Monday, August 31, 2009

Pre-vacation meltdown

Securing the house, lining up a cat sitter, giving a highly edited version of vacation plans to my mom, dealing with last-minute client calls...getting ready for a vacation is such fun.

Thursday, August 27, 2009

Russell Up Das Barbecu!

I've never seen or heard Wagner's Ring Cycle, but that isn't stopping me from going to the ACT Theatre parody of it, Das Barbecu, tomorrow night.

Of course, knowing something about the 20-hour, four-part opera being parodied would probably help. Fortunately, singer Anna Russell provides a delightful synopsis, which has been posted on You Tube. (The synopsis is also in four parts, each about 10 minutes. I linked to Part 1, which was the only one I could find that had video as well as audio. It's worth tracking down and listening to all four parts.)

Thursday, August 20, 2009

Off to Gnomedex

It's been quite a while since I've gone to any confabs in the social media community. These are the people who were second-wave adopters of Twitter and who believe there is vast potential for communities and businesses in places like the Twitterverse (and Second Life, and Facebook, and blogging).

I'm not so sure; I tend to use social media for fun or for professional development (depending on the platform). My clients use it for marketing and fundraising and, while I'm happy to advise them, I'm not crazy about being on the receiving end of 90 percent of the marketing and fundraising that goes on.

For the next two days I'll be at Gnomedex in Seattle and will report back on Sunday.

Tuesday, August 18, 2009

Low tide at Golden Gardens

People often ask me how I can focus on work in a home office. Actually, I often have the opposite problem — I'm just a few steps away from the outdoors, in casual clothing, but I'm tapping away at the keyboard for hours on end. This is particularly sad because I'm just a few blocks from a beautiful beach.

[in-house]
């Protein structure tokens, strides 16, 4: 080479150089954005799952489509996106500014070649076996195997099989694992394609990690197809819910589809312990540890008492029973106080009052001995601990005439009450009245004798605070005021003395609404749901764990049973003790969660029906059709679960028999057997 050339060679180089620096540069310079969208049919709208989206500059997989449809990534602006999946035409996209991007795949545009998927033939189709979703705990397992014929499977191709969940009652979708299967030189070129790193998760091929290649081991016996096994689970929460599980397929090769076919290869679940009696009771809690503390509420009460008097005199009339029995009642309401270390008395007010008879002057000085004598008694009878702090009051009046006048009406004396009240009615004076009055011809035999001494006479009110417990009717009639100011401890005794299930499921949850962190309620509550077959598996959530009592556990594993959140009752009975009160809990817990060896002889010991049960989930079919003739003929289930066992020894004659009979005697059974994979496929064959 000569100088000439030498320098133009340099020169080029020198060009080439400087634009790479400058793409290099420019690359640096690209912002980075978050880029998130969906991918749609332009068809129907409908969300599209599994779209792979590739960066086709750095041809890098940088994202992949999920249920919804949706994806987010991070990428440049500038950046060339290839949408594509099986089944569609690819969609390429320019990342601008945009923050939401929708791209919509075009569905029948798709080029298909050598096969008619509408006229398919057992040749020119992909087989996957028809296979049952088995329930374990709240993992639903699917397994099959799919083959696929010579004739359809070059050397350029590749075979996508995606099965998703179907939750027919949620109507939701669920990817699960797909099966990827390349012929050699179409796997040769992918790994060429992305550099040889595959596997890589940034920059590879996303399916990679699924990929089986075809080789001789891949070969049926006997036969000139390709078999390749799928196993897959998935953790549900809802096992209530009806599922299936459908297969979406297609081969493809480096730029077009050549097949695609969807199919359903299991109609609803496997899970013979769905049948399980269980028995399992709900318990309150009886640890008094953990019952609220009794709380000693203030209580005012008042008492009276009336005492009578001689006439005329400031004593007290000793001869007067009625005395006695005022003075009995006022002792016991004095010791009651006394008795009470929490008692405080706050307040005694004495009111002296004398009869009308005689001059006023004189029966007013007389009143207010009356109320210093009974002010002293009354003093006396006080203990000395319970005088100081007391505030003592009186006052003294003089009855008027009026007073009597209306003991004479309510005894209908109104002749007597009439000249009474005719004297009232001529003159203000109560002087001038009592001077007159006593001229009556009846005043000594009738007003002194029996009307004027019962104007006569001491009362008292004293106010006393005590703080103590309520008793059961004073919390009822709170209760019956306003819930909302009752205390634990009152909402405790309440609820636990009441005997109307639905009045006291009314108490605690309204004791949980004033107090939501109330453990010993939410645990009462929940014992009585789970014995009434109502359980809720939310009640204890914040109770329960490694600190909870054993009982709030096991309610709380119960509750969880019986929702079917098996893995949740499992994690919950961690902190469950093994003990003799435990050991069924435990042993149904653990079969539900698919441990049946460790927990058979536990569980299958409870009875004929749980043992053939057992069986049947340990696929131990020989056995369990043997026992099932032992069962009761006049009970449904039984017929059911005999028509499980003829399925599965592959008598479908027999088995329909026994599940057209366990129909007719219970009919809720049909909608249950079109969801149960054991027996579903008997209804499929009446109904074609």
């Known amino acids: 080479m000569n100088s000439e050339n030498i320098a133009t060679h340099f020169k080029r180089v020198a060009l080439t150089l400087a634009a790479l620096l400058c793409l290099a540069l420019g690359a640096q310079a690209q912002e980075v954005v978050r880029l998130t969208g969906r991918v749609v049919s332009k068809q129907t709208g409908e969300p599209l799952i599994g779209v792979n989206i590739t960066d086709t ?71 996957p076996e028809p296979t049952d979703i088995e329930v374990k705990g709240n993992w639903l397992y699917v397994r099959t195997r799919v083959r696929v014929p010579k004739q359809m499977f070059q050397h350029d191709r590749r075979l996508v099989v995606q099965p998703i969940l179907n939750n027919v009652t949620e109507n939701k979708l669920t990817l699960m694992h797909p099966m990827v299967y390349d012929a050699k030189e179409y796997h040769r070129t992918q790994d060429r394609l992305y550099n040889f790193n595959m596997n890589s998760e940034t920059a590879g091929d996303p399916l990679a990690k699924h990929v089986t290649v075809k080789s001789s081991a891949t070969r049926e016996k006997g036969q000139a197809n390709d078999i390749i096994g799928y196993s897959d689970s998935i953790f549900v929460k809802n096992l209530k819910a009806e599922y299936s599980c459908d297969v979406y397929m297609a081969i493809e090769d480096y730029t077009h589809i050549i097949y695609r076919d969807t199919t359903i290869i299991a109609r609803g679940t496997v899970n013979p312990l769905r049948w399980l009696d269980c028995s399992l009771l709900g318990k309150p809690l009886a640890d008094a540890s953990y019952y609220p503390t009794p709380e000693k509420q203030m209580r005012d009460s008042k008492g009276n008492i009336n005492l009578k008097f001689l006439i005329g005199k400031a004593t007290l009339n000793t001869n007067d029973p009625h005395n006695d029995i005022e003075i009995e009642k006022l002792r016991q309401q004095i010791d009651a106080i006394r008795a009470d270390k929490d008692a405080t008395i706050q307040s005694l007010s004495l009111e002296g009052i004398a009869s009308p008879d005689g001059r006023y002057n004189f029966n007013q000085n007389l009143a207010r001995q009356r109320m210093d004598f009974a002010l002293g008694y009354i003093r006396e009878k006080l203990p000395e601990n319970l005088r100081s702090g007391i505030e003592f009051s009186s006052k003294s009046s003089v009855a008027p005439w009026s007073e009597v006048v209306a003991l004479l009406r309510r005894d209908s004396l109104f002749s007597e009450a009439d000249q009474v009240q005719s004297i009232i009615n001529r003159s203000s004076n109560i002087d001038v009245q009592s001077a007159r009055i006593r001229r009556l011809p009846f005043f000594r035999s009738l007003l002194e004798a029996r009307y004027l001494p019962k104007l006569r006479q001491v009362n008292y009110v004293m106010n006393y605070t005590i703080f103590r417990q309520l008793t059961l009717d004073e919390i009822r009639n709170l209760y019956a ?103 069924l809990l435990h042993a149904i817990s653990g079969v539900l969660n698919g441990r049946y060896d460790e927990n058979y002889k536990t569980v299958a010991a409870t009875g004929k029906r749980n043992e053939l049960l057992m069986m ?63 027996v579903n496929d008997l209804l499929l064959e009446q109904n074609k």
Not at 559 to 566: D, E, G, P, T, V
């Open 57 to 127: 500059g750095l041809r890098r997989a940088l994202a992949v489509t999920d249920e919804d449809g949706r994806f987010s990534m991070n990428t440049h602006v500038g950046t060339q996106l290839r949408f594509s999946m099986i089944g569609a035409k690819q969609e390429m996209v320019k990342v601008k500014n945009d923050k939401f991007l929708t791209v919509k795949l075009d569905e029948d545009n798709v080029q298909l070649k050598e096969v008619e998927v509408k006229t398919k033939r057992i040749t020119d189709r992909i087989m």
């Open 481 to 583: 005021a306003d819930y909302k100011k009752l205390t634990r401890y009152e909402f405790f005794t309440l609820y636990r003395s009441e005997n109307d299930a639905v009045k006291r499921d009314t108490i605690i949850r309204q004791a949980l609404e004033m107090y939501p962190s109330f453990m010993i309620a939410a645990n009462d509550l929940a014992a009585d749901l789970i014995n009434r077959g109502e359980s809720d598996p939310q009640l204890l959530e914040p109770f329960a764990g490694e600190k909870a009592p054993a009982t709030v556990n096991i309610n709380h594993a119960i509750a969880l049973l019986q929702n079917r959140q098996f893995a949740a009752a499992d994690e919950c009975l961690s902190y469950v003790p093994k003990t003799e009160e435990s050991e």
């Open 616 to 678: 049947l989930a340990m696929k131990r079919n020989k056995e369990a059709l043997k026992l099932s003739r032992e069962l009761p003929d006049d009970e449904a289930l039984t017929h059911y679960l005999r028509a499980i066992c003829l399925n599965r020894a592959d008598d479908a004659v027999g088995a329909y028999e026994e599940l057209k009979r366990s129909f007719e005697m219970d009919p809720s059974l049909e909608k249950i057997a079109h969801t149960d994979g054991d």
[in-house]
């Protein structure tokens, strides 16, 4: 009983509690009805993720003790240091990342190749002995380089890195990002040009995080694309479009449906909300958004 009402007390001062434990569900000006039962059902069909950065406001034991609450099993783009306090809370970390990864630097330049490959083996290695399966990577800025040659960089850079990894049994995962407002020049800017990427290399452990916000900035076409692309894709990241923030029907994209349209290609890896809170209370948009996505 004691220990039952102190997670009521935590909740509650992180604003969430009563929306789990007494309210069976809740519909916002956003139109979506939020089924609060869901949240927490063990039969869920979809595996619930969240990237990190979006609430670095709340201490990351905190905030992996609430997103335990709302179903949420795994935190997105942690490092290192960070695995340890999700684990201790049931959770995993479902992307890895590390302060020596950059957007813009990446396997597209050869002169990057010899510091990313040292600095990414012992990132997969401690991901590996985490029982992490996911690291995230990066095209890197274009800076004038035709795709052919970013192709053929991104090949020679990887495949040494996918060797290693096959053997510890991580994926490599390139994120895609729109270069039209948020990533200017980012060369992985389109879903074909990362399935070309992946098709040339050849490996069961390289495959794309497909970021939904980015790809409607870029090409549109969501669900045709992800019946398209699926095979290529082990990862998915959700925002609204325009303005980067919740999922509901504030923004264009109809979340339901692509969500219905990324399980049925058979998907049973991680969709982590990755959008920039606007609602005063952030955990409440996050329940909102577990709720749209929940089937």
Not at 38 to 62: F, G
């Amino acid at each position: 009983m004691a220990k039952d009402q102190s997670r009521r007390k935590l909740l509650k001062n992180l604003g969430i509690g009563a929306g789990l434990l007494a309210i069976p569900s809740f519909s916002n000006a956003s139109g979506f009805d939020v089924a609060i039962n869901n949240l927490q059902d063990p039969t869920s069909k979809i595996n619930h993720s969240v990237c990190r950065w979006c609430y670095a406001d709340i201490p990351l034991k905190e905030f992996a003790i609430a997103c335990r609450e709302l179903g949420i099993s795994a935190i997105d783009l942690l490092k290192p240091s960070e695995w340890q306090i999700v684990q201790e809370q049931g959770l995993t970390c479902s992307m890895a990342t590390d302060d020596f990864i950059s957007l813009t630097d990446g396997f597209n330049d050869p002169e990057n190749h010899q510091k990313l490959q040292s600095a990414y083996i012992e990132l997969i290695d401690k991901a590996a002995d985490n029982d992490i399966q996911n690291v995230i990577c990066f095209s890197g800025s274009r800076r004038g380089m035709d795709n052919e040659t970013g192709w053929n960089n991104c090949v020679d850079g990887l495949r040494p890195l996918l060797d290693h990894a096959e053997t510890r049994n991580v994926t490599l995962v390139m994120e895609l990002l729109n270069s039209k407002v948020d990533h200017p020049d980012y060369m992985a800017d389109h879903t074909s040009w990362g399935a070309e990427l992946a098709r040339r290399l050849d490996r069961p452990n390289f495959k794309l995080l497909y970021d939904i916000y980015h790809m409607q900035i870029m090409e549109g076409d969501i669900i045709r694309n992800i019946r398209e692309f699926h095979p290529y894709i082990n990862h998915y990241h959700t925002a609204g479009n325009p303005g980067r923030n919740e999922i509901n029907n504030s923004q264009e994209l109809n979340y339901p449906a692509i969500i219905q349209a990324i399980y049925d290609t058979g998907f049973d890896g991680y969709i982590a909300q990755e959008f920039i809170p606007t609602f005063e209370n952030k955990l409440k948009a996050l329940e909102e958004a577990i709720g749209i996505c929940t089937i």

This morning the Scholarly Gentleman and I got up early and went down to Golden Gardens to see what was revealed by this morning's ultra-low tide. There were crabs, a huge live scallop, spurting clams, and thousands of anemone. And many seagulls and egrets enjoying the sashimi banquet.

There were people fishing, several painters with easels, day care teachers with squealing, splashing kids, and one woman who had set up a chair on the wet sand and was warbling opera to the waves.

Here's my iPhone video of how to annoy a clam. You can hear the seagulls, and the Burlington Northern, in the background.

Thursday, August 06, 2009

Who's afraid of the big bag wolf?

That is not a typo.

I am referring to the Seattle shopping-bag fee ballot measure and its slavering opponents.

As someone who lives in a world where gas prices soar $1 per gallon in a month, where people routinely pay $3.50 for a daily latte, and where dry cleaning prices are approaching the level of fees for restoration of rare artworks, my reaction to the bag fee is: big deal.

In fact, I'm grateful that stores will sell me a cheap plastic or paper bag to use if I've spaced out and forgotten to drag around my own trendy, reusable shopping sack. It would be difficult to carry 10 potatoes out of the store in my hands.

In the past week, I have received several calls from the bag-fee opponents, disguised as "surveys" that purport to want my "opinion" on the bag fee.

I agreed to take one, and the surveyor read a "question" that went something like this:

"How do you feel about an oppressive, socialist invasion of government into your life by way of a bag tax?"

a. in favor
b. maybe kinda in favor
c. not in favor
d. heat up the tar, Bubba, them bag tax people is a-headed this-a-way

"And how do you feel about the opponents valiantly trying to defend our community against the bag tax?"

"They're a bunch of hysterical wing-nuts," I cut in. "I feel no need to be defended against a 20-cent bag."

To my surprise and delight, the surveyor, a young woman, burst into laughter. I hope our call wasn't being monitored for "quality assurance."